Cybermedlife - Therapeutic Actions Massage - Lymphatic

Effects of mechanical massage, manual lymphatic drainage and connective tissue manipulation techniques on fat mass in women with cellulite.

Abstract Title: Effects of mechanical massage, manual lymphatic drainage and connective tissue manipulation techniques on fat mass in women with cellulite. Abstract Source: J Eur Acad Dermatol Venereol. 2010 Feb;24(2):138-42. Epub 2009 Jul 13. PMID: 19627407 Abstract Author(s): V Bayrakci Tunay, T Akbayrak, Y Bakar, H Kayihan, N Ergun Article Affiliation: Hacettepe University, Faculty of Health Sciences Department of Physical Therapy and Rehabilitation, 06100 Ankara, Turkey. This email address is being protected from spambots. You need JavaScript enabled to view it. Abstract: OBJECTIVE: To evaluate and compare the effectiveness of three different noninvasive treatment techniques on fat mass and regional fat thickness of the patients with cellulites. METHODS: Sixty subjects were randomized into three groups. Group 1 (n = 20) treated with mechanical massage (MM), group 2 (n = 20) treated with manual lymphatic drainage (MLD) and group 3 (n = 20) treated with connective tissue manipulation (CTM) techniques. Subjects were evaluated by using standardized photographs, body composition analyzer (TBF 300) (body weight (BW), body mass index (BMI), fat %, fat mass (FM), fat free mass (FFM), total body water (TBW)), circumference measurement from thigh, waist-hip ratio (WHR), fat thickness measurements from abdomen, suprailium and thigh regions with skin fold caliper. RESULTS: All groups had an improvement in thinning of the subcutaneous fat after the treatment (P<0.05). Thigh circumference decreased by an average of 0.5 cm in all groups and thigh fat thickness decreased 1.66 mm in Group 1, 2.21 mm in Group 2 and 3.03 mm in Group 3. Abdomen and suprailium fat thicknesses decreased 2.4 and 2.58 mm in Group 1, 1.78 and 2 mm in Group 2 and 1.23 and 0.64 mm in Group 3, respectively. The mean difference in waist-hip ratio was 0.1 cm in all groups. CONCLUSION: All the treatment techniques are effective in decreasing the regional fat values of the patients with cellulites. Article Published Date : Feb 01, 2010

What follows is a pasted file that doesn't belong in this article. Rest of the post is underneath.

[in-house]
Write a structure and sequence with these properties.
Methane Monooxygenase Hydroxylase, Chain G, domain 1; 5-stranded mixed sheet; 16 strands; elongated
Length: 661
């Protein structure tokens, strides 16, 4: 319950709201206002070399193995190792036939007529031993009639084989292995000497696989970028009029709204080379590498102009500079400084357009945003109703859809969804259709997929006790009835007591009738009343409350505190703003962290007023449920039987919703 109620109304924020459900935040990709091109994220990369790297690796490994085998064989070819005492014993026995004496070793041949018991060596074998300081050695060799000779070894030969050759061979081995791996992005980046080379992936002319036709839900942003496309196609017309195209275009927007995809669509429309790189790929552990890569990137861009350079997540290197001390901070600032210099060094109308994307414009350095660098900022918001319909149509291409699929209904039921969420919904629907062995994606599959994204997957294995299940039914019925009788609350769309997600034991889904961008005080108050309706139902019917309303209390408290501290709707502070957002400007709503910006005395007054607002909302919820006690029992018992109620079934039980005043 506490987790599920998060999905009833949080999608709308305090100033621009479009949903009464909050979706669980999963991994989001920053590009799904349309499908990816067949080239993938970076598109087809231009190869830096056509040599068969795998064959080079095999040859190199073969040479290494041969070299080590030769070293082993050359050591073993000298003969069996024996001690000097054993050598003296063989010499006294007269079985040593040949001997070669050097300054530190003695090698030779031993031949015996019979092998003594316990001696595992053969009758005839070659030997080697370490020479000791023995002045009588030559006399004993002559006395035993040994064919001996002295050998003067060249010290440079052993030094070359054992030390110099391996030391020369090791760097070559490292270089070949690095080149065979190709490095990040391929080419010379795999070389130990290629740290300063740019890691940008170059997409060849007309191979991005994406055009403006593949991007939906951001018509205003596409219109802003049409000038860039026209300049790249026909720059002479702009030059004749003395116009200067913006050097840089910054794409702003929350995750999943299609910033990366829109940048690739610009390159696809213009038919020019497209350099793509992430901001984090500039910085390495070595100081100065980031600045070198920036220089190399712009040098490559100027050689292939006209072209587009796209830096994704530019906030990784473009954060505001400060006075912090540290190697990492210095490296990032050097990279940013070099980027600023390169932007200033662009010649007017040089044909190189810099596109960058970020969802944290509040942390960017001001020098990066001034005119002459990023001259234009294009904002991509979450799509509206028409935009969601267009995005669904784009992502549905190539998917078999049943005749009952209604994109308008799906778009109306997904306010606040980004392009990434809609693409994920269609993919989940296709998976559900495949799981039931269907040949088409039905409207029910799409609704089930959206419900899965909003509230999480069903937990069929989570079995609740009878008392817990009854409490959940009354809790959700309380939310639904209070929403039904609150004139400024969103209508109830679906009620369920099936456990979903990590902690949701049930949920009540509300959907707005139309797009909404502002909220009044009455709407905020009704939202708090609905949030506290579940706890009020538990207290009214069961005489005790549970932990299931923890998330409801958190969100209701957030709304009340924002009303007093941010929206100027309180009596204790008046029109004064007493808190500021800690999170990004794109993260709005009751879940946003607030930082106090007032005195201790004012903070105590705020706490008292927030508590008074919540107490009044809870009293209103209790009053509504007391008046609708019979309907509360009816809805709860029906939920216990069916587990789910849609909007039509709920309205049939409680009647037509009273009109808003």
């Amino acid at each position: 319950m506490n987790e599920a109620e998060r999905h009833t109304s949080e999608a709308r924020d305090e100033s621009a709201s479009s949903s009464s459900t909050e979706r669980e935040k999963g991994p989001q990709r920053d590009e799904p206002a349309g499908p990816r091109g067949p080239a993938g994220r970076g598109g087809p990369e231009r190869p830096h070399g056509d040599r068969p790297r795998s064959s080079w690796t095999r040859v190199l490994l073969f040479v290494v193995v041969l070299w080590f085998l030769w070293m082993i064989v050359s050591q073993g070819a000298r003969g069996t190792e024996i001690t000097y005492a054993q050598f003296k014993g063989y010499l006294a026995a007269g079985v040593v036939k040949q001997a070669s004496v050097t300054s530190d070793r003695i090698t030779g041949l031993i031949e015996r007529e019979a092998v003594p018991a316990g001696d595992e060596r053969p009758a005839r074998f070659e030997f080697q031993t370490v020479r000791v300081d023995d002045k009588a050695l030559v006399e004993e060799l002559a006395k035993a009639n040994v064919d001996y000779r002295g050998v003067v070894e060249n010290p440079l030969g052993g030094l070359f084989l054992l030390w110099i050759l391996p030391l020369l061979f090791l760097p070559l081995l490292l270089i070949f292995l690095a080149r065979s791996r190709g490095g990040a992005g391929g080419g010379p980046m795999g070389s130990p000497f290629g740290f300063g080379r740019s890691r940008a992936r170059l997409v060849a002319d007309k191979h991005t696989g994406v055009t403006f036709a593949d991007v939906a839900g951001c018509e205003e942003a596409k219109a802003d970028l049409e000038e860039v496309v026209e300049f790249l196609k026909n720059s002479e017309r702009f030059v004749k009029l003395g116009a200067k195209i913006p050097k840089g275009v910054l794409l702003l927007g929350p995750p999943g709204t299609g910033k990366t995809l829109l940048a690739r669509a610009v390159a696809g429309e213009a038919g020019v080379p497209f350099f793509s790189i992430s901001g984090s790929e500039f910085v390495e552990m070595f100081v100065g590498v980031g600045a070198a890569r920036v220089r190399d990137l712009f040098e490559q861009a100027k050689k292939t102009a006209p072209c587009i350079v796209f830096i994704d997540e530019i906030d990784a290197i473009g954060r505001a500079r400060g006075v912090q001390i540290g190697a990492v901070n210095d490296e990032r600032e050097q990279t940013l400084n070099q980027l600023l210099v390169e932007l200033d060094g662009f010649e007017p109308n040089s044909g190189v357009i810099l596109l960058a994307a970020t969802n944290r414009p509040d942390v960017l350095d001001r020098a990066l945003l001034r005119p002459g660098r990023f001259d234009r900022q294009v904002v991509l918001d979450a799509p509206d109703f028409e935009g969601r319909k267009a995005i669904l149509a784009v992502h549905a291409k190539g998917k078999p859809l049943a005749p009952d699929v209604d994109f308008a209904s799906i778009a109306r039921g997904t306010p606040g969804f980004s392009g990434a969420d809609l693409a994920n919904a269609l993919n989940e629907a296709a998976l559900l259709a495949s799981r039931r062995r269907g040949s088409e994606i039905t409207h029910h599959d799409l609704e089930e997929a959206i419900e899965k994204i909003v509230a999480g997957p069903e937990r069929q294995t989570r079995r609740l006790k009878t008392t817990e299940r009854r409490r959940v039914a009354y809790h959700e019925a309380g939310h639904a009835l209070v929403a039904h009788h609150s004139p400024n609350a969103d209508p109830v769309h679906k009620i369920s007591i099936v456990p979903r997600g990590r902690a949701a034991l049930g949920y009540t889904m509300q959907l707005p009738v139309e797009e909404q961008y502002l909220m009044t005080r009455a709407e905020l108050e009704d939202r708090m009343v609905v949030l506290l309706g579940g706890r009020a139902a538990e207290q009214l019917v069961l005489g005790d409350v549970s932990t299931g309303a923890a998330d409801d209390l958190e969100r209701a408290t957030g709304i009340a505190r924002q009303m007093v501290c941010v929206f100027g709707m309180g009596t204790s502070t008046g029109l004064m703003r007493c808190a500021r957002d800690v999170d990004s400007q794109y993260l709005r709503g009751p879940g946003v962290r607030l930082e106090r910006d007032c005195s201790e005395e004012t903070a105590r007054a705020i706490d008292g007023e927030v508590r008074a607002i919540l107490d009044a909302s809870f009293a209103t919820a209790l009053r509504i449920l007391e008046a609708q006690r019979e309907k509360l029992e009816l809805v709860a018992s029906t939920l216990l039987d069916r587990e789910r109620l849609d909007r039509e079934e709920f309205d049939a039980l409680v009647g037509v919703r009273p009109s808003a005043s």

Manual lymphatic drainage in management of edema in a case with CRPS: why the(y) wait?

Abstract Title: Manual lymphatic drainage in management of edema in a case with CRPS: why the(y) wait? Abstract Source: Rheumatol Int. 2009 Oct 13. Epub 2009 Oct 13. PMID: 19823831 Abstract Author(s): Ismail Safaz, Fatih Tok, Mehmet Ali Taşkaynatan, Ahmet Ozgul Article Affiliation: Department of Physical Medicine and Rehabilitation, GATA TSK Rehabilitasyon Merkezi, 06530, Bilkent Ankara, Turkey. Abstract: Complex regional pain syndrome (CRPS) is a disorder characterized by pain, edema, skin color changes and autonomic abnormalities. Its treatment is quite difficult and in most of the patients effective results cannot be reached. Manual lymphatic drainage is a very rare method for managing limb edema in CRPS. In this case report, the dramatic response of an excessive edema to lymphatic drainage was discussed in a CRPS patient. Article Published Date : Oct 13, 2009

Cerebrospinal fluid stasis and its clinical significance. 📎

Abstract Title: Cerebrospinal fluid stasis and its clinical significance. Abstract Source: Altern Ther Health Med. 2009 May-Jun;15(3):54-60. PMID: 19472865 Abstract Author(s): James M Whedon, Donald Glassey Article Affiliation: The Dartmouth Institute for Health Policy and Clinical Practice in Lebanon, New Hampshire, USA. Abstract: We hypothesize that stasis of the cerebrospinal fluid (CSF) occurs commonly and is detrimental to health. Physiologic factors affecting the normal circulation of CSF include cardiovascular, respiratory, and vasomotor influences. The CSF maintains the electrolytic environment of the central nervous system (CNS), influences systemic acid-base balance, serves as a medium for the supply of nutrients to neuronal and glial cells, functions as a lymphatic system for the CNS by removing the waste products of cellular metabolism, and transports hormones, neurotransmitters, releasing factors, and other neuropeptides throughout the CNS. Physiologic impedance or cessation of CSF flow may occur commonly in the absence of degenerative changes or pathology and may compromise the normal physiologic functions of the CSF. CSF appears to be particularly prone to stasis within the spinal canal. CSF stasis may be associated with adverse mechanical cord tension, vertebral subluxation syndrome, reduced cranial rhythmic impulse, and restricted respiratory function. Increased sympathetic tone, facilitated spinal segments, dural tension, and decreased CSF flow have been described as closely related aspects of an overall pattern of structural and energetic dysfunction in the axial skeleton and CNS. Therapies directed at affecting CSF flow include osteopathic care (especially cranial manipulation), craniosacral therapy, chiropractic adjustment of the spine and cranium, Network Care (formerly Network Chiropractic), massage therapy (including lymphatic drainage techniques), yoga, therapeutic breath-work, and cerebrospinal fluid technique. Further investigation into the nature and causation of CSF stasis, its potential effects upon human health, and effective therapies for its correction is warranted. Article Published Date : May 01, 2009